Ye Yu Ji Bei
Jun wen gui qi wei you qi
Ba shan ye yu zhang qui chi
He dang gong jian xi chuang zhu
Que hua ba shan ui ye shi
Night rain, sent north
Lord, you ask when I’m coming home, I do not know
Ba Mountain, night rains swell autumn ponds.
When shall we again trim wicks by the western window
And talk together while rain falls on Ba mountain?
The 45 years of Li-Shangyin’s life (c. 813–858) covered the reign of six emperors during the tumultuous decline of the Tang dynasty. Li was born in what is now Henan province in central China. The capital of the Tang dynasty, in present day Shaanxi province, was Chang’an (a name which means “perpetual peace”) . The Ba mountains of which Li-Shangyin writes are in the mountainous Sichuan province to the south and west of both Henan and Shaanxi. During the mid-8th century An Lushan Rebellion, it was the refuge of the Tang dynasty. It often rains at night in late spring and early summer, thus the reference to Night rain on Ba Mountain.
To whom did Li-Shangyin write the poem?
Li-Shangyin begins the first line with the character for Lord or Monarch (Jun),
so, we may assume he is writing to his overlord. That takes the steam out of the poetry for some who thought he was sending thoughts home to his wife or a recently dear departed friend.
The practice of trimming the wick is a means to reduce soot and prolong the life of the candle. Wicks are typically cut to one eighth of an inch, which extends the life of the candle by a factor of ten to one. Frugal yes, but also a means of prolonging a conversation.
Sent North in Night Rain
The poem is known by many names, but the one that best captures the spirit of the author is the ambiguous “Sent North in Night Rain”. The poem twice identifies “Ba shan” which is clearly Ba Mountain.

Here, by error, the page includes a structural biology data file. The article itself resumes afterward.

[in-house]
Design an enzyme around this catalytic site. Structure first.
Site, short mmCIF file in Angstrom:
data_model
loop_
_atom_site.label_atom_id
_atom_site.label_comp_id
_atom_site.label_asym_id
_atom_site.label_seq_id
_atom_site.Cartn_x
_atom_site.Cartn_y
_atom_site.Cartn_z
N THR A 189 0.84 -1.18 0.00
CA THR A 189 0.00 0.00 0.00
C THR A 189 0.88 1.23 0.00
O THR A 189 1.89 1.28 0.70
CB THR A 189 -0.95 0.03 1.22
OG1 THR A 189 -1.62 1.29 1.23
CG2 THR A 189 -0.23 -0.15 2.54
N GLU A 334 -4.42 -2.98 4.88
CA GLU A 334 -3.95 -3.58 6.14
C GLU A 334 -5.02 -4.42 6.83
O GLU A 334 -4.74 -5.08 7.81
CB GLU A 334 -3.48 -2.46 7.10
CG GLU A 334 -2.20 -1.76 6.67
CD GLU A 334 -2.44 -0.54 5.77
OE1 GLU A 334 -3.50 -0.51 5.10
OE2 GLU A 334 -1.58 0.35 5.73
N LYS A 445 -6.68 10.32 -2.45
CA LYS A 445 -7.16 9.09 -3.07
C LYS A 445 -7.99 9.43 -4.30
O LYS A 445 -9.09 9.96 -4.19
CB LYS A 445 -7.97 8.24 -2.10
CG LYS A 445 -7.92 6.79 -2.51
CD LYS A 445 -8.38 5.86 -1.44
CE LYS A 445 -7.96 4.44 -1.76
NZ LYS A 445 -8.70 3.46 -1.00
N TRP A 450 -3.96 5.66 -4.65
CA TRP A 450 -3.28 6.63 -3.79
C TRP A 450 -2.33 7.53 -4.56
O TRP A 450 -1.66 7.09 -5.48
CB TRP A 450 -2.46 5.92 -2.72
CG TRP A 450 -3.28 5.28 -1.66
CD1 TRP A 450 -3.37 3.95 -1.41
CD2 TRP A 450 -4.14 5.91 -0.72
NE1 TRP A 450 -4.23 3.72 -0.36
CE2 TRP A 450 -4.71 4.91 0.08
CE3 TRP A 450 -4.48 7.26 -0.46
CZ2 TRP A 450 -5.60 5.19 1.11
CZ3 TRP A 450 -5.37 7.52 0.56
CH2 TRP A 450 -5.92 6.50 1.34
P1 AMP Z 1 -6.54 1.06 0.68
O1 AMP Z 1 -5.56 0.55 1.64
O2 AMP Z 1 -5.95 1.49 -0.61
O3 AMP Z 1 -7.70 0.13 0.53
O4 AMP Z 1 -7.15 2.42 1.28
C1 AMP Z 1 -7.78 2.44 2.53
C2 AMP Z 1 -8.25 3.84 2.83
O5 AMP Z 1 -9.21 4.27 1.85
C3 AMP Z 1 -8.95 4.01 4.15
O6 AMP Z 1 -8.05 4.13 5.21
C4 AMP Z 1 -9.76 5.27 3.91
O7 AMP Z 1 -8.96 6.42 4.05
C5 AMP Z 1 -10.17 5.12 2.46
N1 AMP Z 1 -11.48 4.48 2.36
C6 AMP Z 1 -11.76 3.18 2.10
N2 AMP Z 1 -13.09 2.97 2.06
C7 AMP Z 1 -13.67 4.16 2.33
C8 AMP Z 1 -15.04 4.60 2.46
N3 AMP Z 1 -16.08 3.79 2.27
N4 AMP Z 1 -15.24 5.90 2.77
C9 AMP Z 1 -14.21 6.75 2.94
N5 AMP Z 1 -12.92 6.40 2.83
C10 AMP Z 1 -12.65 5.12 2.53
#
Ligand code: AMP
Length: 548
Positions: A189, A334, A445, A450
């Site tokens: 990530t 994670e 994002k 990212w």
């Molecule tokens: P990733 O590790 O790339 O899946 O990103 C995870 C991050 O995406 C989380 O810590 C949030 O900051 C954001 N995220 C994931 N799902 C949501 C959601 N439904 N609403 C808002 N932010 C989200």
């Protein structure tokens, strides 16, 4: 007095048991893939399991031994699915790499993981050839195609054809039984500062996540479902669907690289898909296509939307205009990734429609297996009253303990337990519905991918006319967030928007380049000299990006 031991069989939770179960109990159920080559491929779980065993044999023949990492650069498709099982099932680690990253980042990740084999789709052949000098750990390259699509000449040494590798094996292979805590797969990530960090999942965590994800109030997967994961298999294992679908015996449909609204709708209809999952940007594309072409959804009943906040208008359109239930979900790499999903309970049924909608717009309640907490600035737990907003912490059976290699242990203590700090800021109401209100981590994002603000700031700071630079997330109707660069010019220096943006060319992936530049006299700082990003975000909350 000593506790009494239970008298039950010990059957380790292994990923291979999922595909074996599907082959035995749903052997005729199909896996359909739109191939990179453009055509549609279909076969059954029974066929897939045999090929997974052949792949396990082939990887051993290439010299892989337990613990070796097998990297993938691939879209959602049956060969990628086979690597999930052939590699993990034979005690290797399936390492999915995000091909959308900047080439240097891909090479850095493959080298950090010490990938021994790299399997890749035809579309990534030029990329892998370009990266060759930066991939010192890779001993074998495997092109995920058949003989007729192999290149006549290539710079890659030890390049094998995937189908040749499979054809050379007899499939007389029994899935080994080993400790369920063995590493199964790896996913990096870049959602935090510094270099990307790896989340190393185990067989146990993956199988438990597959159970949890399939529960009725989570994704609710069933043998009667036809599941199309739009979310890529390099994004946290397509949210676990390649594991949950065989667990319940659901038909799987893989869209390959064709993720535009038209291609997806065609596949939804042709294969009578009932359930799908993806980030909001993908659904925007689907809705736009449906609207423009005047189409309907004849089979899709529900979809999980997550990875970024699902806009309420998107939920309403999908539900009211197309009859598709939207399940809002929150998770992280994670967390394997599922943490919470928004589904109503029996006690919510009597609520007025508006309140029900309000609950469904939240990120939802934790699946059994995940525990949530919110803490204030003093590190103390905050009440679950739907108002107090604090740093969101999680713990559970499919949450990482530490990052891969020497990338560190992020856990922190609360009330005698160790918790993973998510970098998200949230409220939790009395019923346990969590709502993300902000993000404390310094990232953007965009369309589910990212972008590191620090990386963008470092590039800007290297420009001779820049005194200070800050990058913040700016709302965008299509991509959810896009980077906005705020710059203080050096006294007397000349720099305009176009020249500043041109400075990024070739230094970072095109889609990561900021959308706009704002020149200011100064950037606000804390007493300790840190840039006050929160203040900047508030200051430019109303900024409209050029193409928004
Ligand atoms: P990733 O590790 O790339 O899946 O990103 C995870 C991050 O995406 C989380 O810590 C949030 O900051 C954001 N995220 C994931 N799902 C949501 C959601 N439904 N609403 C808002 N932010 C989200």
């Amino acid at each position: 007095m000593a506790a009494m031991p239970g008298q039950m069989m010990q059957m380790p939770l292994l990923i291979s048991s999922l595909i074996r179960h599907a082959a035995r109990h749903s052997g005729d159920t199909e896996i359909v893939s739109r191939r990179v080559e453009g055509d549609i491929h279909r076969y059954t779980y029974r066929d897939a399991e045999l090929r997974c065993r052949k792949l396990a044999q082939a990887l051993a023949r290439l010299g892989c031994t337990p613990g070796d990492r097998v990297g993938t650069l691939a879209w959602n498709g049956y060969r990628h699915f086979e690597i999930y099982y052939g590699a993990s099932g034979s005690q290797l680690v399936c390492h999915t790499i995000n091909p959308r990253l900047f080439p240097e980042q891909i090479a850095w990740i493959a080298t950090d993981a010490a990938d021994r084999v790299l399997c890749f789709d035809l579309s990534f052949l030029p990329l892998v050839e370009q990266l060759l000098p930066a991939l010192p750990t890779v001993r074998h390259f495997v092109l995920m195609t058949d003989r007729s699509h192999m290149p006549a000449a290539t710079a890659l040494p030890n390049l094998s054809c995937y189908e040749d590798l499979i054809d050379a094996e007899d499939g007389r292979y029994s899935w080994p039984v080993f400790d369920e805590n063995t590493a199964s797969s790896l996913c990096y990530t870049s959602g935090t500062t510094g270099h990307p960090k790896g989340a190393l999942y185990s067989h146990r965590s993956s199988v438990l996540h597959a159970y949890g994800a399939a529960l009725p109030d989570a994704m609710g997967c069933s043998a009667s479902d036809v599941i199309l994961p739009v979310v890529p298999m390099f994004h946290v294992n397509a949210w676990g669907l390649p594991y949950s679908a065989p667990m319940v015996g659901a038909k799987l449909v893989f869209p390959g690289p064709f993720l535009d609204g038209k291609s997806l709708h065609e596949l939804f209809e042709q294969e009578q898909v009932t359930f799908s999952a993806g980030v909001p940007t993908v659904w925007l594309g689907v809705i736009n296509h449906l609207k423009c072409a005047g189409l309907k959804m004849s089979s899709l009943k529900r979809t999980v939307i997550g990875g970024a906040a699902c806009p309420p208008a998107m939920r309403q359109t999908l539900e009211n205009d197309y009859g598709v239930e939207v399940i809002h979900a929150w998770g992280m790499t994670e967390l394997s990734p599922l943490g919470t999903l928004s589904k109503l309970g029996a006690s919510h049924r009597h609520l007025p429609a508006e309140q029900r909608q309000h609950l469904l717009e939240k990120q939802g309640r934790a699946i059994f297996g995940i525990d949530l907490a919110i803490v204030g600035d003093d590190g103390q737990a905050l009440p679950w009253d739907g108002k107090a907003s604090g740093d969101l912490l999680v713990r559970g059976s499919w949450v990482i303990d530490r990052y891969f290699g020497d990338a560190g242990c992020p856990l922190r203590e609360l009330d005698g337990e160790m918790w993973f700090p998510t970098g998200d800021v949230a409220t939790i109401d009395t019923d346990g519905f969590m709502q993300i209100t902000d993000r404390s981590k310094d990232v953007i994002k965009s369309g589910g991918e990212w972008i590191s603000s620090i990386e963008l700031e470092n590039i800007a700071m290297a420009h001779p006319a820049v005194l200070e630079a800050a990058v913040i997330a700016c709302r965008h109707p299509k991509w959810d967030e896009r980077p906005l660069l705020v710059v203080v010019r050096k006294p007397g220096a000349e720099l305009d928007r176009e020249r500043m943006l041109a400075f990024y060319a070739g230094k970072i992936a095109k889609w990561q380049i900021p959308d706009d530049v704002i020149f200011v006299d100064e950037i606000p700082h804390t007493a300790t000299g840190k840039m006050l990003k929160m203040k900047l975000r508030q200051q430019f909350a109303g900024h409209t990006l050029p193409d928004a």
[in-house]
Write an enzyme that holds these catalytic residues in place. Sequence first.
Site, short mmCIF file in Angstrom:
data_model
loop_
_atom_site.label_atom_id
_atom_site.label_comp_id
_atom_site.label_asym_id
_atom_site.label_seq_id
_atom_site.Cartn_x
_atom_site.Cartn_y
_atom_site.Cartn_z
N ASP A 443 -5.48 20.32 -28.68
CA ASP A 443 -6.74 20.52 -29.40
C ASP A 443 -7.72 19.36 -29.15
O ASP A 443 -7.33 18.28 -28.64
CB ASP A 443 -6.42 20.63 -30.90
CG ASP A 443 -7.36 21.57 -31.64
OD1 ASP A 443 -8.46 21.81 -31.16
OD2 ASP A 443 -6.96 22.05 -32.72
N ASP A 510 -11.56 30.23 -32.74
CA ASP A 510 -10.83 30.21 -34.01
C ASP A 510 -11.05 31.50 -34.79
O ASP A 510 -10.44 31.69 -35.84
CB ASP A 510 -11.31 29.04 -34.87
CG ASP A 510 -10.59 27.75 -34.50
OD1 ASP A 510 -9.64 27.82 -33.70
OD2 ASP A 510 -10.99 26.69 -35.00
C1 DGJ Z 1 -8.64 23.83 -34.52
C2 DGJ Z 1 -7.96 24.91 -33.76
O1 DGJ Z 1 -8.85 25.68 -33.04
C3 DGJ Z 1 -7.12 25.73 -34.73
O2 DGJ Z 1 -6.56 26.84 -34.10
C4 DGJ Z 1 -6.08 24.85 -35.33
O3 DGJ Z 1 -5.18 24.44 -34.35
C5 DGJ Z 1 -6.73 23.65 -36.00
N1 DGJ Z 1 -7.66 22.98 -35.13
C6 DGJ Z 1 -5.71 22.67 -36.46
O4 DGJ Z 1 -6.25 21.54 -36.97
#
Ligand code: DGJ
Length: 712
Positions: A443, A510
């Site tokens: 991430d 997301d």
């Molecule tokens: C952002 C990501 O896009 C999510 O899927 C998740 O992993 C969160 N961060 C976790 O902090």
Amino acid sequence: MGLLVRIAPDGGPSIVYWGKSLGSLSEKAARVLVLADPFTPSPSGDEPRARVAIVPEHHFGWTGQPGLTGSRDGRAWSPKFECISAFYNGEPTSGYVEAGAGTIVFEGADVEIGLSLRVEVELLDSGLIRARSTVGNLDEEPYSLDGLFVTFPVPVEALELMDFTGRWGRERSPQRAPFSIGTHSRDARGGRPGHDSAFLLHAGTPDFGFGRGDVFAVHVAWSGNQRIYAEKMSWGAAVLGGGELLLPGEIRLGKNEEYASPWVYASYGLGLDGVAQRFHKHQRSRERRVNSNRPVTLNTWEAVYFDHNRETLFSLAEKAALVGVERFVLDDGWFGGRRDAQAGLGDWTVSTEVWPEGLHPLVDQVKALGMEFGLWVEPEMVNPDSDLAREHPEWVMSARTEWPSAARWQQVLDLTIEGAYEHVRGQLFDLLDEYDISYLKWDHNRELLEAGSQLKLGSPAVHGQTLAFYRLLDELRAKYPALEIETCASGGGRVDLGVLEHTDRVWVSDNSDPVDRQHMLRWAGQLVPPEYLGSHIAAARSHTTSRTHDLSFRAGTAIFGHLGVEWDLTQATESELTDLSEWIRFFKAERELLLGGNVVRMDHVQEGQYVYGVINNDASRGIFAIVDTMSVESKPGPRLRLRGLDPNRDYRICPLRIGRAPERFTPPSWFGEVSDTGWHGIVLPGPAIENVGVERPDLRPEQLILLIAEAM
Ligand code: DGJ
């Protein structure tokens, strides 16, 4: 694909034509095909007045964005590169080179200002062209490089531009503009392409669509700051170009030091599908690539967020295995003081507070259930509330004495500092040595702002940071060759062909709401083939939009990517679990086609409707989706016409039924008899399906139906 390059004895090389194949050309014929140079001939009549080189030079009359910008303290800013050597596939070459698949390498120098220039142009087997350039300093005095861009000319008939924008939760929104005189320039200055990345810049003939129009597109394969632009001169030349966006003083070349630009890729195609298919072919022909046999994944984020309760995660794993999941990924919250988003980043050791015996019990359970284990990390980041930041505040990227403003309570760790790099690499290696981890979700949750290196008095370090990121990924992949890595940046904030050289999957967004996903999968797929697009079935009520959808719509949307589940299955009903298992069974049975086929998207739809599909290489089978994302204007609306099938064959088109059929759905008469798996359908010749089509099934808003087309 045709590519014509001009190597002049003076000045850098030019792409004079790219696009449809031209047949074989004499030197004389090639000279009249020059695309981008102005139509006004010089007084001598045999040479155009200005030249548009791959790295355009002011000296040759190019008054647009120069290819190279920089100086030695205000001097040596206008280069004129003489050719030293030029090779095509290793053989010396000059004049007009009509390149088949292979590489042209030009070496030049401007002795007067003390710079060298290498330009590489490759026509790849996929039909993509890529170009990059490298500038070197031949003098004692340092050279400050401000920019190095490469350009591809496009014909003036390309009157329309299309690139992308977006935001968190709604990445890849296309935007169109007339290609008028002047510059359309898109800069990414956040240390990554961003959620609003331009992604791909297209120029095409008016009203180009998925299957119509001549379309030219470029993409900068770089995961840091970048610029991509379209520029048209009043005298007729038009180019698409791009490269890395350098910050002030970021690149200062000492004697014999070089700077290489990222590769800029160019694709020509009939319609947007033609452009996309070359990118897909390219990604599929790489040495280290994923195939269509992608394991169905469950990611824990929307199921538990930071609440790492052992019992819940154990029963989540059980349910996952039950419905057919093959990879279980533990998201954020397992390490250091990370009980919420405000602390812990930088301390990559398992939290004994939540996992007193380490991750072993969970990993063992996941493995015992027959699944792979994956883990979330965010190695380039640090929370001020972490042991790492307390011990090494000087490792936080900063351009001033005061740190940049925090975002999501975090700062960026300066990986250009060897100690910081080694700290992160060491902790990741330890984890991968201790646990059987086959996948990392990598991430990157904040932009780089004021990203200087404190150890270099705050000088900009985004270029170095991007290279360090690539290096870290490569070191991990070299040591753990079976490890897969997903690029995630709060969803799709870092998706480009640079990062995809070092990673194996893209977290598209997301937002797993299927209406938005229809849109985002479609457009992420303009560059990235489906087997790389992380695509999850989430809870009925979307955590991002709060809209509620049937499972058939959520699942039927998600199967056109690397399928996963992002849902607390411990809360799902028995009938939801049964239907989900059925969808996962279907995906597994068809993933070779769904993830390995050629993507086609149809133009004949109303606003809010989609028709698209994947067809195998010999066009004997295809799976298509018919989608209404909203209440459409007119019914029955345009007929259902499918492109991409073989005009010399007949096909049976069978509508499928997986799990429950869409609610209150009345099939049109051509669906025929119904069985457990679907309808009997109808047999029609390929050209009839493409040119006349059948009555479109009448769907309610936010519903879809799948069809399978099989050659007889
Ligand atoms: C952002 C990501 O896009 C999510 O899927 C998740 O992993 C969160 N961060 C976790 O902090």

In the poem, the Chinese character for mountain is:
Translation are inherently subject to misinterpretation and Li Shangyin’s Night rain letter sent north is no exception. This could be a post, a letter, even a thought. We don’t know. From classical Chinese characters to simplified characters, then into the Roman alphabet is three steps distant from the author. Capturing the essence of the author’s meaning from the four lines of seven characters is no easy task. That is a total of 28 characters.
There is no way in English to express the idea in 28 words. One must even take liberties with the title which is only four characters.
The best translation of the Chinese
comes from eastasiastudent.net. It looks like Hugh Grigg deserves the credit.
From the title of the poem, I can pick out the last character “north”.
The first character is either night or evening.
The second character in the title is for rain.
The third character
is a verb and variously may mean, “mail” or “send” or “post by mail”.